Jesus is the only person who ever lived who pleased God all the time. Facts and simple commands are certainly part of the truth, but Jesus said, "I am the truth." Thats why no matter what conclusions i have made concerning God's commands I always understand I will never fully arrive at the truth until I fully know Jesus Christ. We can know what pleases God, by looking at Jesus thrugh God's word. It just seems to me so many in the church are convinced they have arrived at truth by simply following the clear and simple commands we have in scripture. Its more than that. And it is something only the crucified Son of God ever attained. peace

Phil Sanders said...

throwing up my hands and acting like I am such a failure that I will make no attempt is foolishness. Saying that the word of God is so difficult that no one can understand it is the devil's lie.

No one is here claiming perfect knowledge; but we do not have to know everything to know something. God has not led us to continual confusion but to peace with confidence. We can have the peace that passes understanding through a loving relationship with the Lord. Let us not fall into some false humility by acting like we are children.

A cursory reading of the New Testament does not leave this false sense of agnosticism I sense in pomo society. Epaphras' prayer in Col. 4:12; John's assertion in 1 John 2:20, 27; Paul's confidence in Phil. 3:15; and the Hebrew writer's assertions in Hebrews 11 shows that we can know what God tells us. Mature people have their senses trained to discern between good and evil (Heb. 5:12-14).

There is no trust in ignorance. Trust arises out of understanding the One who speaks and what He has said, so that Paul could say I believe God. I believe God.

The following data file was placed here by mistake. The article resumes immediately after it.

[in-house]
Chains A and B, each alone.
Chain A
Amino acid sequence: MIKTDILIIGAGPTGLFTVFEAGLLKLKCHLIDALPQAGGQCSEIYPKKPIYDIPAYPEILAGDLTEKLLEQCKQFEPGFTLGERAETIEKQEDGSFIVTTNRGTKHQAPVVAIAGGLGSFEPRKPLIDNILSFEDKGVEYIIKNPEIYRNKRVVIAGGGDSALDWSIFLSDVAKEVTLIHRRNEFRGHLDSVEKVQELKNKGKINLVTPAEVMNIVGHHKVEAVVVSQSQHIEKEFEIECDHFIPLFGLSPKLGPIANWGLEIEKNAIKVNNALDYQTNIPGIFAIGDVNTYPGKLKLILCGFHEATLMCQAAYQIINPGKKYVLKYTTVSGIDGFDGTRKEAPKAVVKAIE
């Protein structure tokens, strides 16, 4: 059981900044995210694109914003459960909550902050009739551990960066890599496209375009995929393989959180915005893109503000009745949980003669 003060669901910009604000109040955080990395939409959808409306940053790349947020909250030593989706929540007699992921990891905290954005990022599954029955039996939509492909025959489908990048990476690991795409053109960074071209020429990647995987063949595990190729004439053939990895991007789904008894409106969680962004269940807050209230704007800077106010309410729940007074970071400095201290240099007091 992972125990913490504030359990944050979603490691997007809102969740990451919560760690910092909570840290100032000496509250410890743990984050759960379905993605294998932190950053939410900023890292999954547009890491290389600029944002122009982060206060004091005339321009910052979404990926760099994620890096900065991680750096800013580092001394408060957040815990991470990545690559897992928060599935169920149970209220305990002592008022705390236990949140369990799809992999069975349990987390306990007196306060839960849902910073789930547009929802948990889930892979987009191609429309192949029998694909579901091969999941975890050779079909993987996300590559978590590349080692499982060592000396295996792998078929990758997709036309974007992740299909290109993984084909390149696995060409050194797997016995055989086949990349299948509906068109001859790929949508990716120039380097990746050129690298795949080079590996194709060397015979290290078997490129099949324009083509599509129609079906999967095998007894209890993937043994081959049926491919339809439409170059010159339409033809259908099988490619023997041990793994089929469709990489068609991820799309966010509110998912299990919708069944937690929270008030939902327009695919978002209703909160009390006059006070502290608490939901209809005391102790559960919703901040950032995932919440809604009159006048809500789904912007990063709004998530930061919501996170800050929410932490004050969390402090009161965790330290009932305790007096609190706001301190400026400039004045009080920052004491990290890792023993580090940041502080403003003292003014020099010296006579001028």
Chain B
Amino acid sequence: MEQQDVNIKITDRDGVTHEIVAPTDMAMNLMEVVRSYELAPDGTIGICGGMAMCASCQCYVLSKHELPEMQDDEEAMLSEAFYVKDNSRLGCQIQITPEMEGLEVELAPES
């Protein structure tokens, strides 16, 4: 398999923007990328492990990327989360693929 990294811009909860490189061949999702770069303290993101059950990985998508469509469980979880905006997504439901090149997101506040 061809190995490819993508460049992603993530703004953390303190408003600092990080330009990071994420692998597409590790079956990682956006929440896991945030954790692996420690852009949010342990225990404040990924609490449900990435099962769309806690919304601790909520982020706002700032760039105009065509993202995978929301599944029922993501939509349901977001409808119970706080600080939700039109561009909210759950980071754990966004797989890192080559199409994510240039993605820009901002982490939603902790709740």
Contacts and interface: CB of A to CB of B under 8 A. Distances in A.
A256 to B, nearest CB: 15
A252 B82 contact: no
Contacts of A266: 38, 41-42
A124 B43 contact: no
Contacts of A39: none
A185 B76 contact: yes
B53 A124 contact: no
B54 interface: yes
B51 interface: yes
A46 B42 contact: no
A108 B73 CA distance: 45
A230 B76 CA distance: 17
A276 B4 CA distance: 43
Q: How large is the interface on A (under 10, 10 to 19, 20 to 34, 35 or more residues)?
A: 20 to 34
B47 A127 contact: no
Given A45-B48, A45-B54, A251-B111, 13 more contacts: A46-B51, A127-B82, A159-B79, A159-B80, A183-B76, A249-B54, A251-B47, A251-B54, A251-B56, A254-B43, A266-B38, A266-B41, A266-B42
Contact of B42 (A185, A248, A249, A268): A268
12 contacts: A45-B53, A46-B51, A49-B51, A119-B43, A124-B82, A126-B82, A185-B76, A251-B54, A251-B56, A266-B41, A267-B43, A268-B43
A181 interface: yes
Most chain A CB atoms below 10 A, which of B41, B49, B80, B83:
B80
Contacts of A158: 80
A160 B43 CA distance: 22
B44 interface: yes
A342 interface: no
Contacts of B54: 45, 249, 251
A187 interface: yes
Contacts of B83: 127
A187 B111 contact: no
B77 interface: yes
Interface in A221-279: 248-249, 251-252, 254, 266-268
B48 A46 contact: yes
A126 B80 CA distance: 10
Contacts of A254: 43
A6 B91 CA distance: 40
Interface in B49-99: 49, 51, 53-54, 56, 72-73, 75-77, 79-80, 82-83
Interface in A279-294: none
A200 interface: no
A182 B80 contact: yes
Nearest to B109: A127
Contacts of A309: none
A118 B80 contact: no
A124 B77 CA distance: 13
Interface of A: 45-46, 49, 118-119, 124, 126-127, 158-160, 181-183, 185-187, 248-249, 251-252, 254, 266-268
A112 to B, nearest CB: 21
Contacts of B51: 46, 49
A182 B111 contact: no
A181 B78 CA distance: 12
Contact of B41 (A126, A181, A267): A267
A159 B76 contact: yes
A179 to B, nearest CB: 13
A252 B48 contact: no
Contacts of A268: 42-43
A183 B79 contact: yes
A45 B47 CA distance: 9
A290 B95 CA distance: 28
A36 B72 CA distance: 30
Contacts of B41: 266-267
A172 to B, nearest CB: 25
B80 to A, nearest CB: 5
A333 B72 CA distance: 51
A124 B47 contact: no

Anonymous said...

I appreciate your response and didnt intend to reply, your response left me no option. It seems you are saying in first paragraph of your reply, I am throwing up my hands in defeat, and in fact have even quit trying. I never said the word of God is so difficult one cannot understand it. I believe in God and in his word. To say I dont completly understand therefore I lack confidence to me demonstrates the problem. I have great confidence in God, in spite of my struggle to become the person God calls me to be. You see my confidence is in God, not in me. Sometimes I find what the apostle Paul writes difficult to understand, I must be in pretty good company. The first thing Jesus ever taught is those who are poor in their own spirt are blessed. This dosent mean we give up, it means our confidence is in God, not ourselves. The greatest hurdle for many to become the person God wants them to be is to move our confidence from ourselves to God. I think thats what faith is.

Phil Sanders said...

Dear Philip,
Thanks for replying. My comments were not so much aimed at you as it is those who use the arguments you have used. There are people who have thrown up their hands out of some misinformed commitment to deconstruction theory and language theory. They do not believe God-talk is possible, since God is infinite and we are not, on one hand. On the other hand, there are people who are more concerned with others than they are with seeking truth, so they choose an agnostic position to keep from offending.

I realize that we are all growing and learning. Yes, even Peter thought Paul hard to understand but not impossible to understand. There were the mature, the functionally perfect, who did understand and could say "I know..."

Having confidence is God is all important, but let's also acknowledge that God has confidence in us--enough to reveal His will to us. God has not given us something so difficult that we cannot understand (Eph. 3:1-10; Deut. 30:11-15). If we go into a false sense of humility (as some have done) and claim we don't know, how will we be able to confess any trust in Jesus' promise that we shall know the truth?

David Kirk said...

Thanks for your wisdom!